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State health officials are urging New Yorkers to remember precautions as the tick season begins




ALBANY – If you have not thought about ticks this spring, it's time.

We know that nobody really wants to think about black-legged, disease-transmitting parasites. But it's May, the ticking season is here and it will take another six months.

The federal Centers for Disease Control and Prevention confirmed this month that tick-borne diseases are rapidly increasing. From 2004 to 2016, the number of Americans suffering from mosquito, tick and flea bites more than tripled. Nine new germs that have been spread by mosquitoes and ticks have been discovered or introduced.

Deer ticks are a big problem especially in New York and the Northeast, where they carry the bacteria that cause Lyme disease, anaplasmosis and other diseases. Most of the infections have been reported nationwide.

"In New York, where our cases have increased, their geography has widened," said Bryon Backenson, deputy director of the State Health Department's Bureau of Communicable Disease Control the field for 25 years.

"When I started that long ago, Lyme was in the Long Island and Hudson Valley area," he said. "Then it crawled north to the capital district and now it's up to the Adirondacks and west, now you can get Lyme almost anywhere in the state."

More than 7,500 cases of Lyme were reported in New York in 2016. Cases from 2017 are still ongoing, but it is safe to say that the number has increased, Backenson said.

In the capital region, he said, the number of cases of anaplasmosis, a disease borne by the same ticks carrying Lyme, increased last year, said county health departments. In 2016, 775 cases were reported nationwide, and almost a third in the districts of Albany, Rensselaer, Saratoga and Schenectady.

"For the first time we played over 1,000 cases in 2017," he said. "If you go back 15 years ago, we probably have less than 100 cases a year."

So ticks are out and the diseases they carry are increasing. What can you do? Let's start with the basics.

If you're walking, hunting, gardening, or spending time outdoors, officials and tick experts urge you to take these steps:

  1. Wear long sleeves and pants and bright colors if you can. The long clothes will protect the open skin (especially if you put your pants in your socks) and the bright colors will help you to see and remove a tick more easily.
  2. wear repellent. The CDC and State Health Department recommend DEET; Backenson also recommends Picaridin or IR3535.
  3. When you return, remove all clothing and put it in the dryer for 10 minutes. The high heat kills all ticks that could hang on your clothes.
  4. Take a hot shower or bath and use the time to do a whole body exam on ticks. Ticks in the nymph stage can be as small as a poppy. Have a relative, partner or friend look at your back or other easily missed places.
  5. If you see a check mark, remove it. If it's already in place, find a fine-needle tweezer, bring it as close to the skin as possible, grab the tick, and pull it straight up. Do not use water, soap or anything else that may irritate the tick. When irritated, it will begin to drool and that is the primary way of transmitting disease.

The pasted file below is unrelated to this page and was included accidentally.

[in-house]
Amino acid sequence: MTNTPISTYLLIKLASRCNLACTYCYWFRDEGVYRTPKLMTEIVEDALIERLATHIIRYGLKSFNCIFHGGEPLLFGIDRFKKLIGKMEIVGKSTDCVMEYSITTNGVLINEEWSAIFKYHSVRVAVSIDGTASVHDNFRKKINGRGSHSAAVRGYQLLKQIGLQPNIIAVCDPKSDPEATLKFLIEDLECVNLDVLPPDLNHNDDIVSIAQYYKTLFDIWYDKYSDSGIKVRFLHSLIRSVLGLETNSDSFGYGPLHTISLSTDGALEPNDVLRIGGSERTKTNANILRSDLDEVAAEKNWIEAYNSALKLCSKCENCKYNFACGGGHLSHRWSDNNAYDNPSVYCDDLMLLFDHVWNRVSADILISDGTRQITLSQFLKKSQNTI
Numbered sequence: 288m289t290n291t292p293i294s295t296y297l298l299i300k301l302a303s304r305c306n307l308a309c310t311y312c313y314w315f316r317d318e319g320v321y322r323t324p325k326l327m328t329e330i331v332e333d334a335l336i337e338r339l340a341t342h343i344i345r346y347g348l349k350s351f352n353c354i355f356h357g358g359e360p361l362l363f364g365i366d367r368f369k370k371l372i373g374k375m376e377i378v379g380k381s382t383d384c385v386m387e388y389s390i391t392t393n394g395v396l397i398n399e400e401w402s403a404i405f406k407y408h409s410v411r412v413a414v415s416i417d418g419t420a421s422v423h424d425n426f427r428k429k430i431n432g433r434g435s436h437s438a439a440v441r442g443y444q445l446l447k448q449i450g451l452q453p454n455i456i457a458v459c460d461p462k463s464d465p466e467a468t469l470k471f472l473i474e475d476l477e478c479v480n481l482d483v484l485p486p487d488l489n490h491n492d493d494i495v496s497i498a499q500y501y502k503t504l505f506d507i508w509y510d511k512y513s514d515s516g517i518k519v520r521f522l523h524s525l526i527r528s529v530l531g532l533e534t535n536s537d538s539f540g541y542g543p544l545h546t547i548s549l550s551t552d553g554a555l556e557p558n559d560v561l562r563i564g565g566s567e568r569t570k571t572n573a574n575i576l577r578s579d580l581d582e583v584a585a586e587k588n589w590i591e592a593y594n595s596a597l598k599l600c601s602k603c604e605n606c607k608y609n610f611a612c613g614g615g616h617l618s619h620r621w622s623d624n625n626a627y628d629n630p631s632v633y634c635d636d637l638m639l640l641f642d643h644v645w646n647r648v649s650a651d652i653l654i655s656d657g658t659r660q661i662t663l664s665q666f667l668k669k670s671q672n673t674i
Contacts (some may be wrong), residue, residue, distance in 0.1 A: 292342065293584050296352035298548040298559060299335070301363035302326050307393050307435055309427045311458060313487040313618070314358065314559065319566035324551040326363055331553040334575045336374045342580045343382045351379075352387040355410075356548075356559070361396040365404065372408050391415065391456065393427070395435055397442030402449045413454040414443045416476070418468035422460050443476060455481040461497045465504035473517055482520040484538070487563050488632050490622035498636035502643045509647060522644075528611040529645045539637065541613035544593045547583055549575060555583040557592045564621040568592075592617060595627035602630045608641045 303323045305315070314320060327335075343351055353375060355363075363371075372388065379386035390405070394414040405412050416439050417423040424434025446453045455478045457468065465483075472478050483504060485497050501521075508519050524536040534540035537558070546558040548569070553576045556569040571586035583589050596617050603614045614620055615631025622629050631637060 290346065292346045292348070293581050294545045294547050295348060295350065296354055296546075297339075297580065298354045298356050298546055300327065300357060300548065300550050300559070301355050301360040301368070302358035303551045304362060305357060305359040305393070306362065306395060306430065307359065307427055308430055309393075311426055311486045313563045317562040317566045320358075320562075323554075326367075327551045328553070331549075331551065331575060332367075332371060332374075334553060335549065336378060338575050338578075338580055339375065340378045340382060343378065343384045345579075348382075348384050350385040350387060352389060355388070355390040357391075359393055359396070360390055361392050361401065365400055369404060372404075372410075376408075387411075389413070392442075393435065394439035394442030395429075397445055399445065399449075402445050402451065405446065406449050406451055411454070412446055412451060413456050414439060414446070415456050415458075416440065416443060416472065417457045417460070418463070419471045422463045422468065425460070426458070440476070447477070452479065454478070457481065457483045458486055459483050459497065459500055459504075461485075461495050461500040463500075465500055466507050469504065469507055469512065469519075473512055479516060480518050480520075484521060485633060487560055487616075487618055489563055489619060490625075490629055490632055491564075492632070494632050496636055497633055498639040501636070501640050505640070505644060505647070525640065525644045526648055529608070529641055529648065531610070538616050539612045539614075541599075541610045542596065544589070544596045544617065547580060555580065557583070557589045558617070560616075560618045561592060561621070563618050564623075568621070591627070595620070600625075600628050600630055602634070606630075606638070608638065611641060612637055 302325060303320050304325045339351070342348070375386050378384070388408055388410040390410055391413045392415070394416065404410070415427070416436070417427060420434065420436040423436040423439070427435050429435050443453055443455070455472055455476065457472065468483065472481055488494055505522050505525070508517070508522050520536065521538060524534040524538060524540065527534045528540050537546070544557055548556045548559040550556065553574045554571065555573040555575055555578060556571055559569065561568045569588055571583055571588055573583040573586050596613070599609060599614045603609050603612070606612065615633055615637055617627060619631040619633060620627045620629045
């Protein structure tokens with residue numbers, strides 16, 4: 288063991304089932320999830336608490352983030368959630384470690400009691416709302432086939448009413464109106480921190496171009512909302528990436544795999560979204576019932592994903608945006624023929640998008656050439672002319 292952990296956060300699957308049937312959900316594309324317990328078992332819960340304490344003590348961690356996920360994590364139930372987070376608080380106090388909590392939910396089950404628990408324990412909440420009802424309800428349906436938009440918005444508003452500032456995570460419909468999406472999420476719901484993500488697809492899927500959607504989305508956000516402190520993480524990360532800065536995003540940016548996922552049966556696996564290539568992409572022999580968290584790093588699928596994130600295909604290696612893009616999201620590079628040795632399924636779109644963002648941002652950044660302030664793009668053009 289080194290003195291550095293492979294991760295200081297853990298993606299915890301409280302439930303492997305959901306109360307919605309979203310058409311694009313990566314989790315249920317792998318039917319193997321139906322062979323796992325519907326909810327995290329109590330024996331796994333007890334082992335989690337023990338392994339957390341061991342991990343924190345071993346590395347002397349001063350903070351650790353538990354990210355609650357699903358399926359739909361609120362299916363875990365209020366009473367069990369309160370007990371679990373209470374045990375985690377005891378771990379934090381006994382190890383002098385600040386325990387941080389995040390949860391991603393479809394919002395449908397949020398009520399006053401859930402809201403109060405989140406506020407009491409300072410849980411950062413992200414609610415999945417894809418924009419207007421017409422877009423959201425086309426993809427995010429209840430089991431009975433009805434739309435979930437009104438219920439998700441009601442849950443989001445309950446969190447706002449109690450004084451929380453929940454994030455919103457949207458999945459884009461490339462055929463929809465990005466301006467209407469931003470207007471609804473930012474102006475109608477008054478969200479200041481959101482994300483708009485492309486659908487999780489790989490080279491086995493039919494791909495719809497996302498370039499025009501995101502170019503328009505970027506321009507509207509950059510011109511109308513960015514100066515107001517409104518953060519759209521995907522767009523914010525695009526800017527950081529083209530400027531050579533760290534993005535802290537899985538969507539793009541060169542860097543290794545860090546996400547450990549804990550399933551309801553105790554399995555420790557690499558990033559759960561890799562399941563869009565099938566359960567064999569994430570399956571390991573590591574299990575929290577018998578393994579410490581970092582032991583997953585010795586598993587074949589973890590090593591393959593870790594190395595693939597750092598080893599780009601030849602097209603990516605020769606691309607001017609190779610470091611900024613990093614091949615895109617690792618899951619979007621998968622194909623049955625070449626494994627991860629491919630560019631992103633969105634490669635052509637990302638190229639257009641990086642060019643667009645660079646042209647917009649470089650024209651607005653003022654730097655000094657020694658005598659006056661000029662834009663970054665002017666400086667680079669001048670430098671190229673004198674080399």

6. If you pulled it out, kill it or send it to a lab to test it. What happens next is where public health and medical professionals diverge, because there is no good test for the diagnosis of Lyme, the most prevalent disease caused by ticks.

If you go to the doctor and they follow CDC guidelines, you will need to take blood and do a two-step serology test to see if you have Lyme disease.

But the first part of this test, according to Holly Ahern, a microbiologist and Lyme expert, teaches that 50 percent of cases lead to a false diagnosis of SUNY Adirondack. In addition, many doctors do not order tests for other possible tick-borne diseases.

Ahern, who advocates more research on diagnosis and testing, works in a Subcommittee of the Federal Government's Tick Repairs Working Group, which was signed in 2016 as part of the 21st Century Healing Act.

She recommends patients to be their own advocates and watch out for flu-like symptoms, especially in summer – fever, pain, fatigue, as well as bullseye rashes and other rashes

The symptoms are often confused for other things, but patients Those who believe that they may be connected to a tick bite or a recent time outdoors should stand by themselves and ask their family doctor to consider taking a course on antibiotics to treat Lyme, Ahern said.

"Personally, I think that's a much better option than just waiting and watching," she said. "The longer you wait, if you have these microbes in them, they will spread to your heart and your joints, and at that point the infection is much harder to treat than at the beginning of the disease."

Physicians will often bark at this option if there has been no official diagnosis, but patients who have lived with chronic Lyme symptoms due to a late or untreated diagnosis say the benefits of antibiotic treatment, if it turns out Lyme far outweigh the disadvantages if not.

"Many people do not understand that they have the right to participate in their own treatment decisions as a patient," said Ahern. "And doctors have the moral and ethical duty to at least listen."

To learn more about ticks, Lyme disease and other tick-borne diseases, Ahern will hold a series of talks around the capital region this spring.

  • 31st May: Town of Queensbury Activity Center at 724 Bay Rd. In Queensbury at 19.00
  • 6. June: Burnt Hills United Methodist Church at 816 Saratoga Rd. In Burnt Hills at 19.00
  • 12. June: Arkell Foundation Community Center at 55 Montgomery St. in Canajoharie at 18.30

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